The MDGs were limited in scope to address very traditional areas of concern within the development and non-government sphere and provided little invitation to civil society, the private sector or public institutions to share in the responsibility or initiatives designed to tackle the issues. The SDGs however have deliberately emphasised the role of the private sector and state bodies. For the private sector this is fairly consistent with new focuses and projects on Corporate Social Responsibility (CSR) and its related counterparts.
It is appropriate that the private sector be included and recognised as potential key contributors to the realisation of the SDGs. This reflects the reality of our globalised world.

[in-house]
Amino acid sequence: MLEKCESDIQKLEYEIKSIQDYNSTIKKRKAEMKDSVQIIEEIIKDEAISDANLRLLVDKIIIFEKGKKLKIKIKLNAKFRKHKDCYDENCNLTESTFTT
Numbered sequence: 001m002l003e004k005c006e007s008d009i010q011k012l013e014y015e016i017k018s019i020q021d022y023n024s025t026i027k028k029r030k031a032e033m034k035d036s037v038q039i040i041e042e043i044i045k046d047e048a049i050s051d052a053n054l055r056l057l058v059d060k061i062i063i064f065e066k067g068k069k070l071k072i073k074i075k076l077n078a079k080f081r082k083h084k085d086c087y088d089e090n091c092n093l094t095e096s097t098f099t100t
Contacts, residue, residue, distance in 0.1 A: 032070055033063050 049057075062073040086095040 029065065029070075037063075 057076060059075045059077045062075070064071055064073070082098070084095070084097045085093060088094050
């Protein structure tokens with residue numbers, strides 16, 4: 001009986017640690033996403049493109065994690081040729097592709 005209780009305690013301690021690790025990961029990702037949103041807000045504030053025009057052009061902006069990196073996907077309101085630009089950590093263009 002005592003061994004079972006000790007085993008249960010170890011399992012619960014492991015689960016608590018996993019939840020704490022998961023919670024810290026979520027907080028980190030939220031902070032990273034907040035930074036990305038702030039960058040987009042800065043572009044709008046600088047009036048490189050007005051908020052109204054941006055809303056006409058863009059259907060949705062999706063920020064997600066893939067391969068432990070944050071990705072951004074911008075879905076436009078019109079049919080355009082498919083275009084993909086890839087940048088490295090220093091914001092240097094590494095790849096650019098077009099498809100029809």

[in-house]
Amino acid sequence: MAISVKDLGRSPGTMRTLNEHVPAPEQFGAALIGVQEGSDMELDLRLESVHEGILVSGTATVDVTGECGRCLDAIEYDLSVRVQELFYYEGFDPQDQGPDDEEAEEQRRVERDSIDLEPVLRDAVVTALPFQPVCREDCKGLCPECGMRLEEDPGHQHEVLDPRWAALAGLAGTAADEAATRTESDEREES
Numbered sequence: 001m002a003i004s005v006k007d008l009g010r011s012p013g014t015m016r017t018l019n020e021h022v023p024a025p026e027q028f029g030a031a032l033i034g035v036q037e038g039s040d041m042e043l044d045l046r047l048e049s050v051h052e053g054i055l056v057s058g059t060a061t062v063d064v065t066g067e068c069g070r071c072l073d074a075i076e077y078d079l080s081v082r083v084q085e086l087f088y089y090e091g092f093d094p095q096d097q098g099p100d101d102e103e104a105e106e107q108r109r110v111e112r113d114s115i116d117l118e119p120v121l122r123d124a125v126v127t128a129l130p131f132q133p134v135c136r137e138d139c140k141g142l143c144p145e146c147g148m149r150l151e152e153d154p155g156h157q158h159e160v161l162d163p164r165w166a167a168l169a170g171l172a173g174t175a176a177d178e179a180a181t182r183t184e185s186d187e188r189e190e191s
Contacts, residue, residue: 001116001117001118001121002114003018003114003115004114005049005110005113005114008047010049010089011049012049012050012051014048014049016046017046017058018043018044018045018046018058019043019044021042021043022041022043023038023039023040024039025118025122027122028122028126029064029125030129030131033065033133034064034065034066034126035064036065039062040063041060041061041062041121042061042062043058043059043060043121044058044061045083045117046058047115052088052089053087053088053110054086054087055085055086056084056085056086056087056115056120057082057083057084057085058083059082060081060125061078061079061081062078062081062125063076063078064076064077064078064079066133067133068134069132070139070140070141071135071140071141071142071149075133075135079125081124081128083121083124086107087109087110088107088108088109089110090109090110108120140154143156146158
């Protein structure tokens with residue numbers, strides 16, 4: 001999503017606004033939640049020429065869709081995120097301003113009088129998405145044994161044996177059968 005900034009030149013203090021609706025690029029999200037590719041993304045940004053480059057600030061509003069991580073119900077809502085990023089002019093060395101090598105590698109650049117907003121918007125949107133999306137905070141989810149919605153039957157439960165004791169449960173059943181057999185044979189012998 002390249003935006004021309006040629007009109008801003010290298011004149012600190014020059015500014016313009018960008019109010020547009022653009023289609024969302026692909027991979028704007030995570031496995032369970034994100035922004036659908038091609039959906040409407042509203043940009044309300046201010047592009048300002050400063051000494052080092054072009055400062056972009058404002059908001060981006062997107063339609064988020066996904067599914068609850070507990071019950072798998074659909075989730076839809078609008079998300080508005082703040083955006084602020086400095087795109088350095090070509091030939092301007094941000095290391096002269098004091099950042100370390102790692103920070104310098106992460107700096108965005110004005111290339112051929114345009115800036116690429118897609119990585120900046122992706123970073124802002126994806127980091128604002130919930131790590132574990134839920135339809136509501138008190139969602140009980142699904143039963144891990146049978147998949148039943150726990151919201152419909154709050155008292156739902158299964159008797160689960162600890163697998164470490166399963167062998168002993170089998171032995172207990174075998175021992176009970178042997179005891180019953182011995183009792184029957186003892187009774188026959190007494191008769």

Further the SDGs engage a holistic approach that recognises how achieving health, education and a healthy environment relate to each other and how aiming for these things presupposes and can lead to, other development outcomes such as jobs, peace, justice and partnership. However, before this innovative and holistic approach is accepted on its face, the underlying causes and contributors that have prevented the realisation of these outcomes needs to be appreciated. At an oversimplification, hunger and preventable diseases continue to kill not because we do not know how to address them but because we prioritise industry, patents, profits and greed.
There remains an inherent hypocrisy and impossibility in expecting the private sector to help reduce inequality and promote responsible consumption and production. At the most basic level the goals operate within a capitalist mandate. A mandate which supposes that accumulation of wealth for personal gain is a primary good.
How are the companies that predicate their existence on this assumption and their survival on the basis that customers adopt the same practice, expected to redress global inequality?